There were plenty of kid friendly amenities in the festival as well including a spray park, face painting and a family fun area. For us grownups, our fun area was known as the beer gardens, which offer up pitchers of beer, hotdogs, and great conversation with new and old friends. Stick around after the sun sets and take in the glorious sight of a hill filled with twinkling lights and a night sky full of stars. Truly magical.

As for the shows, my goal on Sunday was to catch as many as I could and I feel my mission was accomplished, having caught seven concerts that afternoon. Here are a few of my favourites:

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Emmanuel Jal: So I stumbled on this show by accident. I was actually on my way to find ice cream but I couldn’t help but stop as I passed by Emmanuel Jal’s stage. This guy had energy for days, jumping up and down, dancing in the crowd and pulling the audience on stage to join the show. Jal’s empowering songs affected the crowd too—everyone was up on their feet dancing along as the park resounded with anthems of love and peace, such is his mandate. The incredible story of Jal’s past life as a child soldier in Sudan, turned hip-hop artist and activist hailing from Toronto made for an uplifting performance that not only entertained but inspired all those who watched. For music with a message, an artist with a story, and an entertainer with passion, Emmanuel Jal’s your guy—his show was a definite highlight of the festival and it’s all thanks to ice cream.

I’m With Her: Shifting musical stylings somewhat after the Emmanuel Jal show, I drifted over to Stage 2 where the ladies of I’m With Her began their soft-spoken, gentle set of folksy originals and cover songs. These ladies had the most angelic voices which, when paired with their delicate instrumentals, served as the perfect complement to the sunshine and stunning view of the river valley behind the stage. Considering you were surrounded by thousands of people, the I’m With Her set had a magical way of feeling intimate and close, as every live performance should.

Fairfield Four: So funny story. While I was in the media tent sorting through the day’s photos, a group of older gentlemen arrived and media volunteers were busy trying to get them to their assigned stage. One of the men took a seat beside me, smiled and said, “How do you do,” in the smoothest, southern baritone voice I have ever heard. Being a newbie to the folk music scene however, I couldn’t quite place what kind of music they would be playing.

An hour later, there I was swaying to the stylings of the legendary Fairfield Four as their airtight four-part acapella harmonies and rolling bass lines took you through a journey of gospel tales and rich southern history. Incredibly humble for a group whose songs have won them Grammies and major Hollywood soundtracks, these talented vocalists are the third generation to hold a place in the Fairfield Four’s almost century long history. What a privilege it truly was to watch them live in concert.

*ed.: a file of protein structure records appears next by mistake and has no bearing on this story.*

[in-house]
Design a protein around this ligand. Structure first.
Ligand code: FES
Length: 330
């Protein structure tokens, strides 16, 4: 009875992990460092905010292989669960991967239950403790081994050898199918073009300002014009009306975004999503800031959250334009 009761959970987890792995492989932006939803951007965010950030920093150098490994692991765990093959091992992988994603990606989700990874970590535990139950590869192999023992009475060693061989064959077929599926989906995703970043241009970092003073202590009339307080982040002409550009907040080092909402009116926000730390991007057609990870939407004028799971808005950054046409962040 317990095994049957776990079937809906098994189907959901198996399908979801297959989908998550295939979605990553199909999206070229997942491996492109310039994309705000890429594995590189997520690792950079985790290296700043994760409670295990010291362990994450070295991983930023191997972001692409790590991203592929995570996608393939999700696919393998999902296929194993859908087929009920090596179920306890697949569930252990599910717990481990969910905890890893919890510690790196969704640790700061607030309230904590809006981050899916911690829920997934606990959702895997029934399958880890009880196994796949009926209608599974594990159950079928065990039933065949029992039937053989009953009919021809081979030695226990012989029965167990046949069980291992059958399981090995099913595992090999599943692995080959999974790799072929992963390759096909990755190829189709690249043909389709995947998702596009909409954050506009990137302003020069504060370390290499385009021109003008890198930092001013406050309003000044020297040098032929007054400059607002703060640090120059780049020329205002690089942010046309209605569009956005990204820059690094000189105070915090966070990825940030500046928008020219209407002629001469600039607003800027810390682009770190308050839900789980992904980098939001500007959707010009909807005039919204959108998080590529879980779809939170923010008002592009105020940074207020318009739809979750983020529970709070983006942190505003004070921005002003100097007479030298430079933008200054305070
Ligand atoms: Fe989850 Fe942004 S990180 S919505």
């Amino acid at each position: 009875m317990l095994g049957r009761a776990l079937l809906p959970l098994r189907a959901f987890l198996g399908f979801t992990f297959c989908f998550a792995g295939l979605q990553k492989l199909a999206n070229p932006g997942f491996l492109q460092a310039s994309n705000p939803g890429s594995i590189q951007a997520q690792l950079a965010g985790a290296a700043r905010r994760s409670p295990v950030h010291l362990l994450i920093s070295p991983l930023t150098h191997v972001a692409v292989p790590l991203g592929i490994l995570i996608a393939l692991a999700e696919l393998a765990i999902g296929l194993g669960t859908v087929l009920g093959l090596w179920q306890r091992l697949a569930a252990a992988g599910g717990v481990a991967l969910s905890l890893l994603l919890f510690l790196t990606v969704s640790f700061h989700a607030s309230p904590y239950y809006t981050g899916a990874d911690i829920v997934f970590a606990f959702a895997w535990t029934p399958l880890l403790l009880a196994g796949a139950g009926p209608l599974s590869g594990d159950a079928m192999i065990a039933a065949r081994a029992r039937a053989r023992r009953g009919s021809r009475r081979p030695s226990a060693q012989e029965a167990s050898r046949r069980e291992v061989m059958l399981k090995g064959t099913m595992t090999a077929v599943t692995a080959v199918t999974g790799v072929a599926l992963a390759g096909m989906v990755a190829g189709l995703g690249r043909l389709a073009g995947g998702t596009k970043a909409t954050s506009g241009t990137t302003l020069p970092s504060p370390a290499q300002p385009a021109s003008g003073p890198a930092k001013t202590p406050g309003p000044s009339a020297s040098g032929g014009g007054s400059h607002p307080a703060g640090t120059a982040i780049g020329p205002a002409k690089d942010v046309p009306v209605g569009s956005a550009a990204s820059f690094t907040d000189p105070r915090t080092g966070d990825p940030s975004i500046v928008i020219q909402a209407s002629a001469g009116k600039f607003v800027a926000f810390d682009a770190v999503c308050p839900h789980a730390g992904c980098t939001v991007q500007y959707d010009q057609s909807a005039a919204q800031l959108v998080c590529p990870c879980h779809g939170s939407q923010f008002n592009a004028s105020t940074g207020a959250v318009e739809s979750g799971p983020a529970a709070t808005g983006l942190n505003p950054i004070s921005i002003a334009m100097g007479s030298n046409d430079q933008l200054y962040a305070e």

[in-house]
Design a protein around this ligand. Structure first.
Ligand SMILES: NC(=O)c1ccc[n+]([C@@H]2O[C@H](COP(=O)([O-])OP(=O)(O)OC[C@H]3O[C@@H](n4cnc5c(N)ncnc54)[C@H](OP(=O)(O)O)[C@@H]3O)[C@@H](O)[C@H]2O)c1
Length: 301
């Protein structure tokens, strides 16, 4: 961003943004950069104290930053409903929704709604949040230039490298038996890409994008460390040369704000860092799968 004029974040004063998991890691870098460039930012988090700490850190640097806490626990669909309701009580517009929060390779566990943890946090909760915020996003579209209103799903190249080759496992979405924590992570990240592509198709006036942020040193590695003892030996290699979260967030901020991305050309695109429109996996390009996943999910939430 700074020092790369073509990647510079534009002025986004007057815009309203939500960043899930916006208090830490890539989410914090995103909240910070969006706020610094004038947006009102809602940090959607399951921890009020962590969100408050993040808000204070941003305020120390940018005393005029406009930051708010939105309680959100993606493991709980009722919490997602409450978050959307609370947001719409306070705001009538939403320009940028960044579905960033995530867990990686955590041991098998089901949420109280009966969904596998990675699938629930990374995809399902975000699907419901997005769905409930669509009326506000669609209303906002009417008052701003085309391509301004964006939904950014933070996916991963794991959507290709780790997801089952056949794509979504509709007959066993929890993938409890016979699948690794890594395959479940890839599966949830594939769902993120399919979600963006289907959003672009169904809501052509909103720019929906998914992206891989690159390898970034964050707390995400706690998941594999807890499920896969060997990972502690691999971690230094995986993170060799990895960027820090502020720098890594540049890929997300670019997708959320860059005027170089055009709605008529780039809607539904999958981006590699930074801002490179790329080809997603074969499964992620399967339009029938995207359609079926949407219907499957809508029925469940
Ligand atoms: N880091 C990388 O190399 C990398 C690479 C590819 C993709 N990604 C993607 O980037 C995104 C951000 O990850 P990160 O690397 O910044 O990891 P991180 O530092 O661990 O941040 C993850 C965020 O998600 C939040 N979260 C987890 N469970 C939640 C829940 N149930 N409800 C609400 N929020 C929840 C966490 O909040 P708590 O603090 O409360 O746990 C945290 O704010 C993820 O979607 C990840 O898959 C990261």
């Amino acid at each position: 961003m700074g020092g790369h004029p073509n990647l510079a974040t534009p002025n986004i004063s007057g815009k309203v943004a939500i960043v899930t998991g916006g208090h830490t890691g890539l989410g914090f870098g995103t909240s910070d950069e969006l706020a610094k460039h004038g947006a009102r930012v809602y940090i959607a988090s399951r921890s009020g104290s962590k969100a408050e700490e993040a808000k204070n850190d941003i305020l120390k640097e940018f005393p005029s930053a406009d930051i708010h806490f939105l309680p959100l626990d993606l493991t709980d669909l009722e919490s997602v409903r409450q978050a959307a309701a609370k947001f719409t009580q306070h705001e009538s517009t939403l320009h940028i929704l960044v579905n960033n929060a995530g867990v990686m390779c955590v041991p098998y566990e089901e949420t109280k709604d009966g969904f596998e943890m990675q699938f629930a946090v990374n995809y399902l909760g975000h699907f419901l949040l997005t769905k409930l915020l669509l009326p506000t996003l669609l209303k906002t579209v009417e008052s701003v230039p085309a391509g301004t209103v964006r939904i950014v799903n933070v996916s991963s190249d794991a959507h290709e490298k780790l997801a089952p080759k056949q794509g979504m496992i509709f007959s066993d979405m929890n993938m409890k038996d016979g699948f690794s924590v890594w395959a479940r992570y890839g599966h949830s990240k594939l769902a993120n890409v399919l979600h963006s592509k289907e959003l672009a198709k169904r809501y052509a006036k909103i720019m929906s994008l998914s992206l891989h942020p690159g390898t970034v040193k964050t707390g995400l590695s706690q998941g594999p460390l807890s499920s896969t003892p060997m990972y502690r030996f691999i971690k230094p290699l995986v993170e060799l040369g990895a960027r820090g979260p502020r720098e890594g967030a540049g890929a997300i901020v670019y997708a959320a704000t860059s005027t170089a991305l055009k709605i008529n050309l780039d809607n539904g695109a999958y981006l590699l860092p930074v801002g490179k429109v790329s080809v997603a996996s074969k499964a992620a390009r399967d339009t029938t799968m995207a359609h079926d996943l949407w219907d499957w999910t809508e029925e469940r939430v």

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The McCrary Sisters: Continuing on the gospel note, the McCrary Sisters took to the stage shortly after. As daughters of one of the founding members of the Fairfield Four, it was clear that musical talent ran through the family. The sisters, with their pitch perfect harmonies, powerful vocal riffs and impeccable showmanship, took turns sharing the spotlight with their spirited set of blues, soul and gospel songs. My personal favourite was their song “Let It Go” which was an anthem of positivity and love. To top it all off, the Fairfield Four joined the Sisters on stage for an amazing joint performance that had everyone on their feet dancing and singing along.

All in all, I LOVED every second of my Folk Fest experience. Yes, the music was amazing but even more important was the incredible spirit of community, inclusion and support you felt when you were there. If you have a chance to make it to next year’s festival, I highly recommend it. Cheers to all the Folk; see you next August on the hill!


Photo Credit: Uryelle Dimailig

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Posted on 12 August 2015 | 4:01 am

Place Blog - Kitsilano



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To Blog or Tweet…or Instagram or Vine or—That is the Question.

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The Diplomat Spa offers a variety of massages, including Hot Stone, Deep Tissue, the Diplomat Spa Signature (my personal favourite), Bamboo, Relaxation, Couples, and In-Room Massages. There are also plenty of facials to choose from, including Microdermabrasion, as well as waxing services, manicures, and pedicures, so you'll look and feel your very best.

For more information on the Diplomat Resort and Spa, check out their website for the latest deals. It's truly the best destination and resort to stay at with the family, no matter the season. It's paradise, year-round!

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LISTEN: “Never Going Back” by Caveman